Online business going into retail? Here’s a checklist
August 1, 2011 by Terence LEE
Don’t count on renting a storefront to revive the flagging sales for your online business and compensate for a weak business model: You might end up digging yourself a bigger hole. Rather, going retail may be prudent only if your online business is doing very well.
So if you’re considering whether to head in that direction, here’s a checklist compiled from the experiences of retailers who’ve made that step, and well as blogshop owners who chose not to.
1) Do you have a strong fanbase?
If your online business does not have loyal customers, then it may not be wise to transition offline. For KissJane, which aggregates blogshops in two physical locations, it can rely on the branding of its myriad of partners. Tracyeinny, on the other hand, was able to leverage on its strong fan base to offset the lack of human traffic in their first outlet in Pearl’s Hill Terrace, Chinatown.
Ng Chong Kee, co-founder of KissJane, suggests that blogshop owners build a strong niche for themselves by focusing on a particular style. Only by doing so can they differentiate themselves from the thousands of blogshops out there.
Jeannie Pang of Tracyeinny believes good customer service is paramount. Customers must feel that you’re reliable and always ready to respond to their requests and complaints.
“Accountability is damn important. If you failed or neglected to deliver a product, you’d better admit it,” she says.
2) Are you protected from getting burnt financially?
The amount of money you need to invest in going retail is no joke. For prime locations, expect to fork up around S$200,000 (US$166,653) in upfront rental, deposit (which will only be returned at the end of the lease), renovation, and other costs. Even in places like Chinatown, monthly rental can cost around S$3,000 (US$2,499) a month, in the case of Tracyeinny.
Depending on the contract, lease commitment can be as short as six months or as long as three years for many shopping malls.
So it really helps to work out the sums, know what you’re in for, and plan accordingly. Jeannie made sure she had at least S$18,000 in the bank account, or six months of rental liquidity, before committing to a lease. This precaution made sure that in the event the endeavor didn’t do well, the overall business would not be adversely affected.
3) Is your revenue stream healthy?
Jeannie ensured that the profit margin from her online business was strong enough before embarking on her retail project. She also made sure that she had a sizable sales volume as this meant that she won’t need to pass the increased costs from the retail business to the consumers.
To generate a healthy profit margin, online retailers should not be afraid to charge a premium for their products. As a rule of thumb, a shirt that costs S$15 should be priced at around S$30, says Jeannie.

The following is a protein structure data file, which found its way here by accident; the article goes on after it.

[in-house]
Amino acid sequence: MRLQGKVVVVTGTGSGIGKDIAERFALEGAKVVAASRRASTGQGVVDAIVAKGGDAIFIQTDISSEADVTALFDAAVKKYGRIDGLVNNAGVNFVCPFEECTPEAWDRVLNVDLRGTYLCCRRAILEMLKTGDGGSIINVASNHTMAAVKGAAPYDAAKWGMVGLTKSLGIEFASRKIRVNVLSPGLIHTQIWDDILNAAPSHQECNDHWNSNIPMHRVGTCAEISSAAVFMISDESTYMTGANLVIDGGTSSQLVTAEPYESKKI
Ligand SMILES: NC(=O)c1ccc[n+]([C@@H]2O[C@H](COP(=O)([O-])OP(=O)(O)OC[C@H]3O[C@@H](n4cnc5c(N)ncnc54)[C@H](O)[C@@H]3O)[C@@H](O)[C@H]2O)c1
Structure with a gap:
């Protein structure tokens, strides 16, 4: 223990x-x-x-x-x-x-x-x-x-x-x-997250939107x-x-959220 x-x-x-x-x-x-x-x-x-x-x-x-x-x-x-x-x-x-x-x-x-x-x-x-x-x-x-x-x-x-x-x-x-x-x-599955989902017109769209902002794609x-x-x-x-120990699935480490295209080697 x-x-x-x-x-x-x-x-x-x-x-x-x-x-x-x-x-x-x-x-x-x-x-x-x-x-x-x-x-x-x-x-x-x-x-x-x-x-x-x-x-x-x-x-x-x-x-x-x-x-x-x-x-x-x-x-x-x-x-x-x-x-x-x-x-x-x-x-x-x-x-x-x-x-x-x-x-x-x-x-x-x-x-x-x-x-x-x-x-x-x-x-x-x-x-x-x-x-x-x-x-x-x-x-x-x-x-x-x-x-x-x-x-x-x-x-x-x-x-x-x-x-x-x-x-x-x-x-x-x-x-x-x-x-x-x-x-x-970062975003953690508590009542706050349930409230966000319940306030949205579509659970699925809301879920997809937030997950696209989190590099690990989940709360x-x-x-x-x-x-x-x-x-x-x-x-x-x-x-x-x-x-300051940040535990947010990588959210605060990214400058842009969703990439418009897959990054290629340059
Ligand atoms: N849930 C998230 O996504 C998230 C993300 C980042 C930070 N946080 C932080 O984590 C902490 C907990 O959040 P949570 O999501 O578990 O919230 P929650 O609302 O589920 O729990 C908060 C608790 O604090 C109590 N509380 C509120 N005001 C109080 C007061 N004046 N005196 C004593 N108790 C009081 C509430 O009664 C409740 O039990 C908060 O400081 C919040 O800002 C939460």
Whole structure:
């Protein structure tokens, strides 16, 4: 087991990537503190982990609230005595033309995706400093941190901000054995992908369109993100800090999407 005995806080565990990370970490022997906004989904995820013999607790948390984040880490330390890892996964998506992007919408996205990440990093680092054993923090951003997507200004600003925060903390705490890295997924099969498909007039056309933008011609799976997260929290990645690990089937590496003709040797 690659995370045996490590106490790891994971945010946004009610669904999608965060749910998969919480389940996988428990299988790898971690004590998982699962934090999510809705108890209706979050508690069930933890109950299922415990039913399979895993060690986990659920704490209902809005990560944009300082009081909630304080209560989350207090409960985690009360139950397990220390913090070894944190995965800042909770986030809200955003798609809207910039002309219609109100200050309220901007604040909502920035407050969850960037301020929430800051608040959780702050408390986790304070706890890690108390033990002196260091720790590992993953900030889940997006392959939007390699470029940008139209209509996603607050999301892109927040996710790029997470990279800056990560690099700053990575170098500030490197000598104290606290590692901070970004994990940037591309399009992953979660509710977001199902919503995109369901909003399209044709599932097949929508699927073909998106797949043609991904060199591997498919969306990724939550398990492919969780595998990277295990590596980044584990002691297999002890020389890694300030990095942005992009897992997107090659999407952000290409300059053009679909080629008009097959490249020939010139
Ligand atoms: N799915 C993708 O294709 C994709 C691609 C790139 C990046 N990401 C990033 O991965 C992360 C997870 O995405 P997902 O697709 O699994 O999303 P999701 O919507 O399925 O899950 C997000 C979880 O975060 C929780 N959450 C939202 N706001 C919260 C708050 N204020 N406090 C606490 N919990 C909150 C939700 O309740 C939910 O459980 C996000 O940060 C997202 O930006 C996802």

4) Have you considered starting small?
Before committing to that hefty three-year lease in a swanky shopping mall, why not take smaller steps first? If you’re confident about your brand’s drawing power, opting for less-than-ideal locations may not be a bad idea, since rental is cheaper and the lease is shorter.
Working with companies like KissJane may be an attractive proposition, since you’re only paying for a rack as opposed to the whole space, although you’d have to figure out a way to get ahead of the waiting list.
Finally, you can opt for flea markets to get a taste of what it feels like to operate in a retail environment. There are plenty in Singapore, and they don’t cost a lot to get involved in. Zouk Flea & Easy and Flea Fly Flo Fun, for instance, will only set you back around S$50 per slot.
5) Are you prepared to commit more time and effort to your business?
Sure, going retail may reap in heaps of profits, but you’ll have to work harder for it too. Vincent Goh and Tan Yi Fong of Ministry of Retail, which specializes in Korean fashion, prefer to keep their lives simple and so decided not to set up a physical store of their own. And they’ve apparently done well so far, with Yi Fong becoming one of the top five earners in her university.
In addition to managing inventory, rental, and other facets of a retail business, there’s human management, which require a lot of effort, as Jeannie asserts. She had to hire six salesgirls to manage operations and train them well since they represent the brand.
“Sometimes when they do something wrong, I go mad like a volcano!”
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About The Author
Terence LEE - Editor
Terence writes mainly about technology trends and startups in Asia. He believes in crafting smart content: Not just a regurgitation of text, but well thought-out pieces that serve the reader using a combination of data, design, narratives, analysis, and visual impact. His articles have been published on Venturebeat, Yahoo!, Straits Times, Today, and The Online Citizen. He also co-founded NewNation.sg, a satirical news site covering Singapore affairs. Engage him on LinkedIn and Twitter.Read other posts by Terence LEE